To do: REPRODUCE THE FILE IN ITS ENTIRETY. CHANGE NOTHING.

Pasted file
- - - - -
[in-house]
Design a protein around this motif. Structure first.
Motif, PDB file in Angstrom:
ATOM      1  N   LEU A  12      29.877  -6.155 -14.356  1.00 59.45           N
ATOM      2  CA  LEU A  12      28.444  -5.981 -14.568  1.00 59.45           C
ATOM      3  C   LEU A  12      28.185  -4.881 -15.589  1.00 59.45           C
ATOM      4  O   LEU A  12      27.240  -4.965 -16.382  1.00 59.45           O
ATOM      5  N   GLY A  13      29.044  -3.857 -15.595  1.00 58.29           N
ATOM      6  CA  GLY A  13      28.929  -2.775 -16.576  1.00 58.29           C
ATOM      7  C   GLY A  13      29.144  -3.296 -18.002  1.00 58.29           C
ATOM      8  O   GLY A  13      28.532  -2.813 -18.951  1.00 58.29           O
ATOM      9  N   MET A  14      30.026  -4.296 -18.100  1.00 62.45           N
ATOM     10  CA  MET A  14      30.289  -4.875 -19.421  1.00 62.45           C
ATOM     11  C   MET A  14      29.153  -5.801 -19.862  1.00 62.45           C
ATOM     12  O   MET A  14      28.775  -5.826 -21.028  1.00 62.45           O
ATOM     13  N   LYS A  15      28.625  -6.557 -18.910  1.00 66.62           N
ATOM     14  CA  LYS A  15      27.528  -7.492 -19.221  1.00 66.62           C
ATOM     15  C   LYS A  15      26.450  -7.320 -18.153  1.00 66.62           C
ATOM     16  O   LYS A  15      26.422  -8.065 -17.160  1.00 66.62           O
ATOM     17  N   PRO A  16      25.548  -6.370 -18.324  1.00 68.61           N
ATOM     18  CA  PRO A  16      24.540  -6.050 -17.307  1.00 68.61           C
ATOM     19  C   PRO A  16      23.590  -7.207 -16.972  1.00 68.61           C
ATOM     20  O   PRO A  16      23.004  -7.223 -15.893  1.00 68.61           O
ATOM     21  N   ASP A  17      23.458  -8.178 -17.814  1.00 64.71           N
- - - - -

[in-house]
Design a protein around this motif. Structure first.
Motif, PDB file in Angstrom:
ATOM      1  N   LEU A  12      29.877  -6.155 -14.356  1.00 59.45           N
ATOM      2  CA  LEU A  12      28.444  -5.981 -14.568  1.00 59.45           C
ATOM      3  C   LEU A  12      28.185  -4.881 -15.589  1.00 59.45           C
ATOM      4  O   LEU A  12      27.240  -4.965 -16.382  1.00 59.45           O
ATOM      5  N   GLY A  13      29.044  -3.857 -15.595  1.00 58.29           N
ATOM      6  CA  GLY A  13      28.929  -2.775 -16.576  1.00 58.29           C
ATOM      7  C   GLY A  13      29.144  -3.296 -18.002  1.00 58.29           C
ATOM      8  O   GLY A  13      28.532  -2.813 -18.951  1.00 58.29           O
ATOM      9  N   MET A  14      30.026  -4.296 -18.100  1.00 62.45           N
ATOM     10  CA  MET A  14      30.289  -4.875 -19.421  1.00 62.45           C
ATOM     11  C   MET A  14      29.153  -5.801 -19.862  1.00 62.45           C
ATOM     12  O   MET A  14      28.775  -5.826 -21.028  1.00 62.45           O
ATOM     13  N   LYS A  15      28.625  -6.557 -18.910  1.00 66.62           N
ATOM     14  CA  LYS A  15      27.528  -7.492 -19.221  1.00 66.62           C
ATOM     15  C   LYS A  15      26.450  -7.320 -18.153  1.00 66.62           C
ATOM     16  O   LYS A  15      26.422  -8.065 -17.160  1.00 66.62           O
ATOM     17  N   PRO A  16      25.548  -6.370 -18.324  1.00 68.61           N
ATOM     18  CA  PRO A  16      24.540  -6.050 -17.307  1.00 68.61           C
ATOM     19  C   PRO A  16      23.590  -7.207 -16.972  1.00 68.61           C
ATOM     20  O   PRO A  16      23.004  -7.223 -15.893  1.00 68.61           O
ATOM     21  N   ASP A  17      23.458  -8.178 -17.814  1.00 64.71           N